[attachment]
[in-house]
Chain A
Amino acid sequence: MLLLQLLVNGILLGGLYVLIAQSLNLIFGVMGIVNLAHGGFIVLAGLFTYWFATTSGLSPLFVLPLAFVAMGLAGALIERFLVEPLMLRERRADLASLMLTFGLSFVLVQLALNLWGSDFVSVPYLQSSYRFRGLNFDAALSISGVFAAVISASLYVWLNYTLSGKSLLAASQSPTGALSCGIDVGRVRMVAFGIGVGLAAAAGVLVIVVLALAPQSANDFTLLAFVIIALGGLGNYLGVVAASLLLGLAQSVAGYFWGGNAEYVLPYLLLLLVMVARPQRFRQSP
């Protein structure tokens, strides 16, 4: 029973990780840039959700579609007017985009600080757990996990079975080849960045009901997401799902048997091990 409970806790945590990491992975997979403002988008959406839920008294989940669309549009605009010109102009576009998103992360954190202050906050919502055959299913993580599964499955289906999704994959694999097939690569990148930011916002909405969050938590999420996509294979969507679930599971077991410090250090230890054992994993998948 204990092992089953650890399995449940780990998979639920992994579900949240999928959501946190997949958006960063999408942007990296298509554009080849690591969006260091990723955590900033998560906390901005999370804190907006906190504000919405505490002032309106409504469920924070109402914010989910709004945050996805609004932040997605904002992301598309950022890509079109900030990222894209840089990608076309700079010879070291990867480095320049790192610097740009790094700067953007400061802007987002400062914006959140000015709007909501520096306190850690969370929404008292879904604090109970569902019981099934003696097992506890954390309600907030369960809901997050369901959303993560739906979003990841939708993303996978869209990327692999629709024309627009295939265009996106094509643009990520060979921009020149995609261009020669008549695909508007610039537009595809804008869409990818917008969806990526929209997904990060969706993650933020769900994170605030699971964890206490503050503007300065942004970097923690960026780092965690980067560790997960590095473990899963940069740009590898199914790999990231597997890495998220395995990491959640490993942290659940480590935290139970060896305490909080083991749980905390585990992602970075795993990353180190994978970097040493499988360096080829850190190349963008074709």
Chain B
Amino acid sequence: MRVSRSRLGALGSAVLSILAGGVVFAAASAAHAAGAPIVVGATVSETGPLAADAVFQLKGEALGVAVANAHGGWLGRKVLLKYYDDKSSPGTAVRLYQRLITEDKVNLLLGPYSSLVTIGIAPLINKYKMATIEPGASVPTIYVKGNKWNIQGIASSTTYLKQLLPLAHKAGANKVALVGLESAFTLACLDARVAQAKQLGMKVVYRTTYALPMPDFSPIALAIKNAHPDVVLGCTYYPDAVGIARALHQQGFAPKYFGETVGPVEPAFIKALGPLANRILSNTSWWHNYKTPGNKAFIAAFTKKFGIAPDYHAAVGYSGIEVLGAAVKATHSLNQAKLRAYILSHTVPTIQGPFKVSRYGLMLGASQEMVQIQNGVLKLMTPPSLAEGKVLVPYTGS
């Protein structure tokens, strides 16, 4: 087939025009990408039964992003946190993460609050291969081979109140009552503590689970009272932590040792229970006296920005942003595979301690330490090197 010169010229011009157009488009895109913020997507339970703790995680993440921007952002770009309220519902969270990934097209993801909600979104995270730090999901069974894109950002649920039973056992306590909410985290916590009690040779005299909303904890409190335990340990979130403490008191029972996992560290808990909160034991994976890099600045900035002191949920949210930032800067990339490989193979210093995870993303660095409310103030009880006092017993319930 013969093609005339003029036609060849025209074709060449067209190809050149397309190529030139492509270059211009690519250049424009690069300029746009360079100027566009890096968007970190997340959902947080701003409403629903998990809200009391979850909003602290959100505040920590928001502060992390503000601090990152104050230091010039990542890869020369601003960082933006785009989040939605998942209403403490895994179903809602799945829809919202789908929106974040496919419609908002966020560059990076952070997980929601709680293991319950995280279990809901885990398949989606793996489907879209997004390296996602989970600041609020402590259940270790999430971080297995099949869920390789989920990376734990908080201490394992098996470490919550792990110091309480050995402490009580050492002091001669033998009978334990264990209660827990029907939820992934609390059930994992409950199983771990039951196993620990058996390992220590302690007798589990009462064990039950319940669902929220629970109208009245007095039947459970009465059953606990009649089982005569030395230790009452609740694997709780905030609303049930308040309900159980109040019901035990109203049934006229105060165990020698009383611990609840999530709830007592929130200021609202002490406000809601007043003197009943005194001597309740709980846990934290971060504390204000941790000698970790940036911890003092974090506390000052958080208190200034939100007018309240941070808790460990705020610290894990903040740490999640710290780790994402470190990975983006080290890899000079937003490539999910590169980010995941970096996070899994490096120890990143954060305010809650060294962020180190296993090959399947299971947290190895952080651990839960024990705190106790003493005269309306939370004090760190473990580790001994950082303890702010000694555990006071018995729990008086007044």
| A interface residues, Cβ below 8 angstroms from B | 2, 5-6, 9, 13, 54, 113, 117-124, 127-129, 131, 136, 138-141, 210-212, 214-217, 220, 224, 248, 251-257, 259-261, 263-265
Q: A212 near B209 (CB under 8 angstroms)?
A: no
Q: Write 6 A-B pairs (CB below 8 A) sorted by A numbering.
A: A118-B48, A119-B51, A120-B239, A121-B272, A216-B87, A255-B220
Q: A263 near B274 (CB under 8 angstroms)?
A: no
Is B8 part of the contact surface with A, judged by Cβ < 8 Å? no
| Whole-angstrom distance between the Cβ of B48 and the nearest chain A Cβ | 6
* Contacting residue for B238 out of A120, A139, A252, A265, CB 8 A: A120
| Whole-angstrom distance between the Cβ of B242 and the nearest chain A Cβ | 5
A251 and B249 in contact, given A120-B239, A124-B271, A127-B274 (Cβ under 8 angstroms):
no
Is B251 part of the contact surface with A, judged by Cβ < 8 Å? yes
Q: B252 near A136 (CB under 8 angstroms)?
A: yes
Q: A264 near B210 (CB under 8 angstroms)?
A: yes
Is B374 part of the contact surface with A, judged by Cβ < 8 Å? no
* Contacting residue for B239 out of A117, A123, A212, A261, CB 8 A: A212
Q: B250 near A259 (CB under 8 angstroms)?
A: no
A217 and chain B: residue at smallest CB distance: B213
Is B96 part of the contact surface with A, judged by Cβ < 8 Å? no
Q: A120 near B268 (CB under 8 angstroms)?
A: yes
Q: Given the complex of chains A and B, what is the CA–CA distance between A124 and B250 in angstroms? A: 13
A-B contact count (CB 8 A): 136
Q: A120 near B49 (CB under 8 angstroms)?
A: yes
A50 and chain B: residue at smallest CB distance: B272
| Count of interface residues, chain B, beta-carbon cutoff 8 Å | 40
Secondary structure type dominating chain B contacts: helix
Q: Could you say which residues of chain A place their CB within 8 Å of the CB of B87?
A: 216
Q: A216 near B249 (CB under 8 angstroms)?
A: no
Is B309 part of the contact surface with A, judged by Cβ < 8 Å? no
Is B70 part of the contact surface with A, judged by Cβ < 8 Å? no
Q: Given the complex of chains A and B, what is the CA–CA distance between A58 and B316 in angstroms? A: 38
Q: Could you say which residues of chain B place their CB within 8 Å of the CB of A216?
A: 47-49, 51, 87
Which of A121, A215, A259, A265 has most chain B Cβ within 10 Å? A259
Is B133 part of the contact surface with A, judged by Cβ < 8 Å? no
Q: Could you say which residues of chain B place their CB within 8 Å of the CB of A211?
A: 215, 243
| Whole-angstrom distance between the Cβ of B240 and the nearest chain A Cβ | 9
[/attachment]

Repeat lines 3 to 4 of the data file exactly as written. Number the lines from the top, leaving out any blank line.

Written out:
Amino acid sequence: MLLLQLLVNGILLGGLYVLIAQSLNLIFGVMGIVNLAHGGFIVLAGLFTYWFATTSGLSPLFVLPLAFVAMGLAGALIERFLVEPLMLRERRADLASLMLTFGLSFVLVQLALNLWGSDFVSVPYLQSSYRFRGLNFDAALSISGVFAAVISASLYVWLNYTLSGKSLLAASQSPTGALSCGIDVGRVRMVAFGIGVGLAAAAGVLVIVVLALAPQSANDFTLLAFVIIALGGLGNYLGVVAASLLLGLAQSVAGYFWGGNAEYVLPYLLLLLVMVARPQRFRQSP
């Protein structure tokens, strides 16, 4: 029973990780840039959700579609007017985009600080757990996990079975080849960045009901997401799902048997091990 409970806790945590990491992975997979403002988008959406839920008294989940669309549009605009010109102009576009998103992360954190202050906050919502055959299913993580599964499955289906999704994959694999097939690569990148930011916002909405969050938590999420996509294979969507679930599971077991410090250090230890054992994993998948 204990092992089953650890399995449940780990998979639920992994579900949240999928959501946190997949958006960063999408942007990296298509554009080849690591969006260091990723955590900033998560906390901005999370804190907006906190504000919405505490002032309106409504469920924070109402914010989910709004945050996805609004932040997605904002992301598309950022890509079109900030990222894209840089990608076309700079010879070291990867480095320049790192610097740009790094700067953007400061802007987002400062914006959140000015709007909501520096306190850690969370929404008292879904604090109970569902019981099934003696097992506890954390309600907030369960809901997050369901959303993560739906979003990841939708993303996978869209990327692999629709024309627009295939265009996106094509643009990520060979921009020149995609261009020669008549695909508007610039537009595809804008869409990818917008969806990526929209997904990060969706993650933020769900994170605030699971964890206490503050503007300065942004970097923690960026780092965690980067560790997960590095473990899963940069740009590898199914790999990231597997890495998220395995990491959640490993942290659940480590935290139970060896305490909080083991749980905390585990992602970075795993990353180190994978970097040493499988360096080829850190190349963008074709």